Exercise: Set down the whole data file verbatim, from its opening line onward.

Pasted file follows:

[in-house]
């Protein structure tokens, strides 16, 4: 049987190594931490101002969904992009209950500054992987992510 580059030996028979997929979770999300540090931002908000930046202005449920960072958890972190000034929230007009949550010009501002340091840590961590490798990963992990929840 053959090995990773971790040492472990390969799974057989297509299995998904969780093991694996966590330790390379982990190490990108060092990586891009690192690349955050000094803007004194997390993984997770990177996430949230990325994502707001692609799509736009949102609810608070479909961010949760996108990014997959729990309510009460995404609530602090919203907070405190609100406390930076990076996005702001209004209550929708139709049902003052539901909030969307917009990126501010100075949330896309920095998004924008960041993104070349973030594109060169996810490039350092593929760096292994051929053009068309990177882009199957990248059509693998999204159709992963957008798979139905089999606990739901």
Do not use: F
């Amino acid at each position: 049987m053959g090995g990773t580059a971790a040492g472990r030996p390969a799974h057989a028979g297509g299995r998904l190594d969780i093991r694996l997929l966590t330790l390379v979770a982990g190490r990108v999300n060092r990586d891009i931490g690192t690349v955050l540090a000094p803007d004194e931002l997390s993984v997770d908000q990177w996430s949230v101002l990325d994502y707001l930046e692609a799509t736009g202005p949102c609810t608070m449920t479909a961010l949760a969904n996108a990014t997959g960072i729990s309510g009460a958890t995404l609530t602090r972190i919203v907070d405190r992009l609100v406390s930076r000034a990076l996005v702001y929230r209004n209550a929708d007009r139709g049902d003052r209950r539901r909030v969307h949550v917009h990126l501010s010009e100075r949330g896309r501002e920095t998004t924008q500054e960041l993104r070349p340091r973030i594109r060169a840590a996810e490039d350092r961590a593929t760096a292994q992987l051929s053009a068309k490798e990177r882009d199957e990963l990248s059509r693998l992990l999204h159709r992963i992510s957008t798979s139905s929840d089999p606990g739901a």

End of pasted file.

[in-house]
């Protein structure tokens, strides 16, 4: 049987190594931490101002969904992009209950500054992987992510 580059030996028979997929979770999300540090931002908000930046202005449920960072958890972190000034929230007009949550010009501002340091840590961590490798990963992990929840 053959090995990773971790040492472990390969799974057989297509299995998904969780093991694996966590330790390379982990190490990108060092990586891009690192690349955050000094803007004194997390993984997770990177996430949230990325994502707001692609799509736009949102609810608070479909961010949760996108990014997959729990309510009460995404609530602090919203907070405190609100406390930076990076996005702001209004209550929708139709049902003052539901909030969307917009990126501010100075949330896309920095998004924008960041993104070349973030594109060169996810490039350092593929760096292994051929053009068309990177882009199957990248059509693998999204159709992963957008798979139905089999606990739901």
Do not use: F
């Amino acid at each position: 049987m053959g090995g990773t580059a971790a040492g472990r030996p390969a799974h057989a028979g297509g299995r998904l190594d969780i093991r694996l997929l966590t330790l390379v979770a982990g190490r990108v999300n060092r990586d891009i931490g690192t690349v955050l540090a000094p803007d004194e931002l997390s993984v997770d908000q990177w996430s949230v101002l990325d994502y707001l930046e692609a799509t736009g202005p949102c609810t608070m449920t479909a961010l949760a969904n996108a990014t997959g960072i729990s309510g009460a958890t995404l609530t602090r972190i919203v907070d405190r992009l609100v406390s930076r000034a990076l996005v702001y929230r209004n209550a929708d007009r139709g049902d003052r209950r539901r909030v969307h949550v917009h990126l501010s010009e100075r949330g896309r501002e920095t998004t924008q500054e960041l993104r070349p340091r973030i594109r060169a840590a996810e490039d350092r961590a593929t760096a292994q992987l051929s053009a068309k490798e990177r882009d199957e990963l990248s059509r693998l992990l999204h159709r992963i992510s957008t798979s139905s929840d089999p606990g739901a």